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I agree with Apex Spartan, this "classification" of gamers is pointless, were not documents that are categorised so they can be easily identified, were just people that love playing games. This is also one of the reasons I hate the "PC master race" (or the PC fanatics as I like to call them), they expand this rift even further by treating anyone who owns a console like dirt, some of those PC fanatics like to take WAY too far, such as an amateur modder that I saw on steam who made a mod called "Filthy console peasants" for Civ V, he/she (Let's just say he out of my ignorance) also wrote in the description and I quote: "Replaces the barbarians with filthy console peasants (Not much change there)", that mods just changes the name of barbarians into "console peasants" without any mechanical/narrative changes at all (please don't download that mod). 

mirandaadria likes this

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The "Hardcore" and "Casual" labels are as arbitrary and unnecessary as "Real Game".

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to me hardcore gaming is sitting infront of a screen for 6 hours a day minimum playing games, or playing 1 game. one could say "yesterday i was hardcoring it on donkey kong country returns, 8 hours i sat there".

 

i dont think there's anything else about hardcore gaming other than that, simply playing extensively for long periods of time, i.e. hardcore, dedicated, determined to win and never stopping.

 

all other terminology for types of gamers are false and bullshit. if you're a gamer, you're a gamer. period. you either hardcore it some days, or you don't on other days. doesn't make you a "casual" or a "core" gamer. just makes you a gamer, end of.

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Labels have their uses. As a guild leader of various guilds, being able to classify your guild being casual or hardcore will give people an idea of how it is ran. Hardcore guilds typically have much more strict scheduling and require alot of its members. Hardcore gamers are usually the only ones who can last in that kind of environment. (I used to raid 6-7 hours a day for 5-6 days a week) I ended up transitioning to a more casual guild as I have gotten older because my schedule is much more limited in terms of gaming and also much more sporadic. I am more of a casual gamer now because of this. I play a larger selection of games but in much smaller intervals.

 

Classifications outside of guilds still has its merits when you are talking about a target audience. Hardcore gamers invest huge amounts of time and will eat through your content faster than you can put it out if it is not challenging enough. Where as casual gamers have less time to play and will consume the content at a much slower pace. Casual gamers are more likely to give up though due to their time being more valuable. If they have to waste huge amounts of time on very little progress, they will most likely go somewhere else. As such, you have to try and strike a balance if you wish to please them both.

 

There are still others that use it as a derogatory term when classifying someone as hardcore or casual. Just ignore those nerds, they typically are full of themselves anyways. Even when I did hardcore raiding, these kind of people didnt last in my guild. Above all else, if you cant get along with my guild, you cant play with us.  

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What then would you call a gamer who likes to play more traditional things like card games, board games, RPGs, etc?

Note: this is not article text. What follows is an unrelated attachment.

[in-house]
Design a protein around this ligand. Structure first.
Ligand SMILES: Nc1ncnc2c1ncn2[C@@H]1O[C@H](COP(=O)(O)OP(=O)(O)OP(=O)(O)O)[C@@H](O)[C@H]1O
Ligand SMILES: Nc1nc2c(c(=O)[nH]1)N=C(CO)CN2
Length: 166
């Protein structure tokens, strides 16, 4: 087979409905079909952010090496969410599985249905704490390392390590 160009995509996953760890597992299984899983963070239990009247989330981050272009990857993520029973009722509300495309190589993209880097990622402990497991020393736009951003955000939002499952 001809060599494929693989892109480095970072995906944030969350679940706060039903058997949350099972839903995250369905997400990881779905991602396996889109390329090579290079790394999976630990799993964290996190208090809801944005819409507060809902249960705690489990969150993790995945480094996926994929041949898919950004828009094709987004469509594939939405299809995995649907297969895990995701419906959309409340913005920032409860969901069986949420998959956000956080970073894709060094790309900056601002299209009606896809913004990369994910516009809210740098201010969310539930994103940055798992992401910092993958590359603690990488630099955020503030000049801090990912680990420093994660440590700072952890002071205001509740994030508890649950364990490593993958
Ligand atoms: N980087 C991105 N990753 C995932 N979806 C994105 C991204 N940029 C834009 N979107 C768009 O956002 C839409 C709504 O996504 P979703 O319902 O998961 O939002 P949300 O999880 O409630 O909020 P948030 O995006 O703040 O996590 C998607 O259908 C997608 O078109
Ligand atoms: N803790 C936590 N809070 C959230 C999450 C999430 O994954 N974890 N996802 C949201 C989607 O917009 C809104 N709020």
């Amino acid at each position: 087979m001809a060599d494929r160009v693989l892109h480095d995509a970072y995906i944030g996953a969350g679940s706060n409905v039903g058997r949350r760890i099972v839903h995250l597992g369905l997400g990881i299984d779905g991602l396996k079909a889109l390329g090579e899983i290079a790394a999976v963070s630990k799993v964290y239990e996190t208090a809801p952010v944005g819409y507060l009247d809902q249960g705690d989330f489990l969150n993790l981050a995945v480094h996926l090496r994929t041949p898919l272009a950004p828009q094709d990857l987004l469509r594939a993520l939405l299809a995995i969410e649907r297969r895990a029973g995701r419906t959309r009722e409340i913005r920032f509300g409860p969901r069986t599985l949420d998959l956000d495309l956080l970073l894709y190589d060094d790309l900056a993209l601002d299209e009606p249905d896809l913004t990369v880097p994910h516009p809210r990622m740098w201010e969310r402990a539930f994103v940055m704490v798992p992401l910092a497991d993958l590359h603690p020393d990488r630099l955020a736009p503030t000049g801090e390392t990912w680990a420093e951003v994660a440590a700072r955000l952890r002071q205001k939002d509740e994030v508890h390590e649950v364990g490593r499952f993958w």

Would you call them a "topper"? :B

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To me, hardcore gamer always meant a player who spent a lot of time on the titles they wan't to do well in, and possibly go pro with. I digress, I never really cared about the titles on gamers, or the term gamer to begin with. 

 

When it comes to guilds in MMO's classification is necessary I will agree. Typically It will end up being the players who are dedicated, not so dedicated, and the totally casual. I agree the classification is needed. Guilds need to know who their dedicated raiders are, and who the potentials will be if a slot needs to be filled. So I totally get the need for classification in an MMO raiding environment. Only thing I really hate about classifications, is that people tend to shit all over casual players. I, myself, am a casual gamer. I just don't have it in me to be competitive and drain hours of my life into one title to perfect my skill at said game. Gaming is more of a secondary hobby for me, since music is my whole life. But, as soon as you mention that you aren't a hardcore gamer, or people see the game time you spend on playing a game, people tend to shun you some times. No big deal, considering it IS just a game. But, some people are straight out harsh on newbies or casual just because they don't spend as much time playing a game as others, and often time make more mistakes. In the end, games are just games. You win and you lose. So why explode like a child and blame the "casuals or newbs" for your hissey fit lol. I'm looking at you League of Legends! LOL. 

Puntosmx likes this

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I've always just used hardcore gamer to describe someone who spends a lot of their time playing games and who is knowledgeable about video games and the games industry. Other ways of looking at it don't really seem to mean anything, and there's no reason to have a feeling of superiority over being a hardcore gamer, you spend your life on what you enjoy and other people do the same (or in a lot of cases do nothing I guess).

 

 

I have a friend that is considered "hardcore" by the current standards (played gears 3 internationally semi-pro) but his library of games includes only the following: Gears 3, Gears Liberation (although that currently is chopped in half, but he still bought it so it still counts), Call of Duty Black Ops2, Dragon Age 2, Dragon Age Inquisition, Halo 4, Halo Reach, Kinect Sports.  I do not consider him hardcore